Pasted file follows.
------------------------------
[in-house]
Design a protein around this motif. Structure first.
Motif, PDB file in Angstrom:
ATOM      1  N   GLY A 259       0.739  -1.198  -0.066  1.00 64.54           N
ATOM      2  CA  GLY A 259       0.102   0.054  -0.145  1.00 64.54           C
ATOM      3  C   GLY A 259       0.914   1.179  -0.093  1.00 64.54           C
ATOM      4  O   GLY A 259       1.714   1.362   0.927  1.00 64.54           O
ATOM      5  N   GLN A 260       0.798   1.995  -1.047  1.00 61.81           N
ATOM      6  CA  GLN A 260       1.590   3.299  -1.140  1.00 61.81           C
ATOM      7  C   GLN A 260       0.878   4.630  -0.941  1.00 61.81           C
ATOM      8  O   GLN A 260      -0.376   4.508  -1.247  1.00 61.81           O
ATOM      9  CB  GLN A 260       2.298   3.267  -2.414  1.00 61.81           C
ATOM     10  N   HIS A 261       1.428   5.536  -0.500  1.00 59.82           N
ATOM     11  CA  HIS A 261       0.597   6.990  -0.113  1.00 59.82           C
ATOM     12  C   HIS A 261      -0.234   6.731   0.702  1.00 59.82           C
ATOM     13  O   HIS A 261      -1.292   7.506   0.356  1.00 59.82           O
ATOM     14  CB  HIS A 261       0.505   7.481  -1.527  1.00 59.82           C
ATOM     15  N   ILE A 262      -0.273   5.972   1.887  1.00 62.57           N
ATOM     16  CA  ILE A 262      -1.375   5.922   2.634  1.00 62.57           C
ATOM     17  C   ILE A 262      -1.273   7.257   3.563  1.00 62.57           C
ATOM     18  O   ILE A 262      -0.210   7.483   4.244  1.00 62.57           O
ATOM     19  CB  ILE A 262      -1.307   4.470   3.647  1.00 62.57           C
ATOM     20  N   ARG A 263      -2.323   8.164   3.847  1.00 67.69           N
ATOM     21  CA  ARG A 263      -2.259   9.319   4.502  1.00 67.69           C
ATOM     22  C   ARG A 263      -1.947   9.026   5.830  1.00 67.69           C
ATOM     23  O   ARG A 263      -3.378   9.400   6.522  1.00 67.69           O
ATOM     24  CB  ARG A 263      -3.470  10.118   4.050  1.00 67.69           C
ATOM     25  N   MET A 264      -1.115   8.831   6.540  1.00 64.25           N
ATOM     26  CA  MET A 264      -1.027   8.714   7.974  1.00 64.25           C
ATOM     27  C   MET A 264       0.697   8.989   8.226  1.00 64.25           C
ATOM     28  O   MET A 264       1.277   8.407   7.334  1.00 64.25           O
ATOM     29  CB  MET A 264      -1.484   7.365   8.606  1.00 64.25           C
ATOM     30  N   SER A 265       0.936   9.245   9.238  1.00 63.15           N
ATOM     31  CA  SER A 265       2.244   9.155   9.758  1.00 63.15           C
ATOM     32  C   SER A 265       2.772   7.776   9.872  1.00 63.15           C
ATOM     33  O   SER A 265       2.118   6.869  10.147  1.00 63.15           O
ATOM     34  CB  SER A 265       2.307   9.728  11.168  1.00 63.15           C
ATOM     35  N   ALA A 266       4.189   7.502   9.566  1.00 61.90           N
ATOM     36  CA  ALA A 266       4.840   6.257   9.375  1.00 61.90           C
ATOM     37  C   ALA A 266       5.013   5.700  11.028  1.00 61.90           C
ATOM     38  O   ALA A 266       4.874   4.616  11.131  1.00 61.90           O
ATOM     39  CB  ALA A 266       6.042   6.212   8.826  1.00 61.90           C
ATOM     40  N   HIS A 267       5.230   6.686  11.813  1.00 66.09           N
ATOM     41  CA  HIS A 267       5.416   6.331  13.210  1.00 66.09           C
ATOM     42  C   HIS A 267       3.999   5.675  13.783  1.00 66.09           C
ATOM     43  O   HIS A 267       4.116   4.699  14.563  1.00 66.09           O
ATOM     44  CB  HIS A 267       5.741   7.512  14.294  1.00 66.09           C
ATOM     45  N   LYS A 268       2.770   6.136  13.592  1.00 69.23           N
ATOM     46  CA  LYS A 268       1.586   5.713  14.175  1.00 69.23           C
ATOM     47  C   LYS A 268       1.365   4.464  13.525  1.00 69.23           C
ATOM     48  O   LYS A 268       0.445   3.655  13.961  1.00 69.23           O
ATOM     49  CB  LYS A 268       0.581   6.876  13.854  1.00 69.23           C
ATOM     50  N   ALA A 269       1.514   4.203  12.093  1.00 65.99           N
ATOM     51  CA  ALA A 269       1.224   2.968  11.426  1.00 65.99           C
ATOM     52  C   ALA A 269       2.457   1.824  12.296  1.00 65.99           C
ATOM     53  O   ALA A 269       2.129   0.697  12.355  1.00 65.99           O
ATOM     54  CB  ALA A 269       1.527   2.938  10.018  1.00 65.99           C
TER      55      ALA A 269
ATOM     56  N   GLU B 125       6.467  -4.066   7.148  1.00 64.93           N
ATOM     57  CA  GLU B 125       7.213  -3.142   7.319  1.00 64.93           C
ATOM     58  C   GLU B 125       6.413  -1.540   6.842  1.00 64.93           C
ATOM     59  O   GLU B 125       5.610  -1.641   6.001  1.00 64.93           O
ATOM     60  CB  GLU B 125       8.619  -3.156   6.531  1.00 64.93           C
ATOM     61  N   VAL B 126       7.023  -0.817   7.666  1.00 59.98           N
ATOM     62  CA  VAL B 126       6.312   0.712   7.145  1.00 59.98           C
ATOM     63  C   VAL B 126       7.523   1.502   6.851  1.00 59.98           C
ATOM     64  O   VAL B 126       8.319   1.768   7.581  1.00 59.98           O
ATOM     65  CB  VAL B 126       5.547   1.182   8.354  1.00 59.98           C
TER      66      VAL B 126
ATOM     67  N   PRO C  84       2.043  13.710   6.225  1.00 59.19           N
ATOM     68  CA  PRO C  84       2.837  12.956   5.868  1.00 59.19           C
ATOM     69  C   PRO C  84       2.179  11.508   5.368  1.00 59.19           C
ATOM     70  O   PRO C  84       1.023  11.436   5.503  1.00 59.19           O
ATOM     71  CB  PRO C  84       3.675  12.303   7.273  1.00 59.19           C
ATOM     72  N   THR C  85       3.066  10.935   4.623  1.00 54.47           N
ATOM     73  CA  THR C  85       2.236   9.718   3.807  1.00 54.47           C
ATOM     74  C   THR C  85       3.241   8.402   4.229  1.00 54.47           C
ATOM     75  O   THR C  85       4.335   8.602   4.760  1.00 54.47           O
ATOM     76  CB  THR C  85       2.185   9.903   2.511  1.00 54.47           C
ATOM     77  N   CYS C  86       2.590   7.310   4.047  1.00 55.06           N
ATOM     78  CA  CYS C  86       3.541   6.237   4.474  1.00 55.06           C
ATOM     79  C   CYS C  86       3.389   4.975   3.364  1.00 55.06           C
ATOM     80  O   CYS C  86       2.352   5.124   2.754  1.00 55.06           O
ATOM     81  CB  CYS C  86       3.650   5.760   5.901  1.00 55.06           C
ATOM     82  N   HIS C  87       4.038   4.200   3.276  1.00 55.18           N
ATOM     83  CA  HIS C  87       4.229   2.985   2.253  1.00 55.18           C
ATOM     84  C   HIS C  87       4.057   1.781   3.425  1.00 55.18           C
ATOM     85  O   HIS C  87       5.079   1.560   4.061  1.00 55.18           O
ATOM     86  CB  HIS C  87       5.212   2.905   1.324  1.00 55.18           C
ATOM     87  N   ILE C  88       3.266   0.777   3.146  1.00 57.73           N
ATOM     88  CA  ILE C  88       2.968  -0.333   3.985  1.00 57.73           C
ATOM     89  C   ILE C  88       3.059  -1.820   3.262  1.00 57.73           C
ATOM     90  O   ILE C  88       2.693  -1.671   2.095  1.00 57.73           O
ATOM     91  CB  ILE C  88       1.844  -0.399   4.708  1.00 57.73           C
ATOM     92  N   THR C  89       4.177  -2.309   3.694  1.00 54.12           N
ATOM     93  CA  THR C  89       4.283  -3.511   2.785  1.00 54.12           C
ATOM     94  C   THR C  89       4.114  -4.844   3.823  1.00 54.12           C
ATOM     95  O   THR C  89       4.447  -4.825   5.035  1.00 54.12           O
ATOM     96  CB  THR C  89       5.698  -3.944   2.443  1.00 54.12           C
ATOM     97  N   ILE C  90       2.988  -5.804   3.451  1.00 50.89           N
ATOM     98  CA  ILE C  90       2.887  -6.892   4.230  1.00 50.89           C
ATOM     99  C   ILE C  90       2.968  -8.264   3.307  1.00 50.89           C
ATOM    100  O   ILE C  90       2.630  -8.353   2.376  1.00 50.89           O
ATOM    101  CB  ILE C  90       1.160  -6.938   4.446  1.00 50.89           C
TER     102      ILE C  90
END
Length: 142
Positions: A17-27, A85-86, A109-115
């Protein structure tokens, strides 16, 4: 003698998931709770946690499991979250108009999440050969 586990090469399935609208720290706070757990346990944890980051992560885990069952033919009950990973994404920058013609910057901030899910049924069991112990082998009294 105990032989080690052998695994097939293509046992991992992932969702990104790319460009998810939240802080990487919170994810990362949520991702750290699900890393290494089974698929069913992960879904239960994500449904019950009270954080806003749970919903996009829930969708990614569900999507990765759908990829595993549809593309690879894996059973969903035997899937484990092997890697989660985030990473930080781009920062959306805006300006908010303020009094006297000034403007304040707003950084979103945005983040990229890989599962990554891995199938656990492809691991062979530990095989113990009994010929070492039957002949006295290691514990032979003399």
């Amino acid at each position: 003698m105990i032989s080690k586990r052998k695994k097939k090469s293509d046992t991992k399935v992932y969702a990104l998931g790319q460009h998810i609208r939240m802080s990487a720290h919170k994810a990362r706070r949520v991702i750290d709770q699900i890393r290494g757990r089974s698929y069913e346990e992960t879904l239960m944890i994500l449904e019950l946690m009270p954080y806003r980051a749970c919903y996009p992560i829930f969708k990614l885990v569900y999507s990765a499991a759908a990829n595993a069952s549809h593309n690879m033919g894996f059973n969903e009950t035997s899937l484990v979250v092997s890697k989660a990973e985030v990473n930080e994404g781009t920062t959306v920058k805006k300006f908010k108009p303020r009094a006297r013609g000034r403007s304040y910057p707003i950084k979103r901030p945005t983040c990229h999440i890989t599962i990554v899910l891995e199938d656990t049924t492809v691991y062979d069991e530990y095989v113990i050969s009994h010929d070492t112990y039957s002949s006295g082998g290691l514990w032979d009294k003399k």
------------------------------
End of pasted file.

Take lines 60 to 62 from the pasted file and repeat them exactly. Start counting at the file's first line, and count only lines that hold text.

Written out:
ATOM     57  CA  GLU B 125       7.213  -3.142   7.319  1.00 64.93           C
ATOM     58  C   GLU B 125       6.413  -1.540   6.842  1.00 64.93           C
ATOM     59  O   GLU B 125       5.610  -1.641   6.001  1.00 64.93           O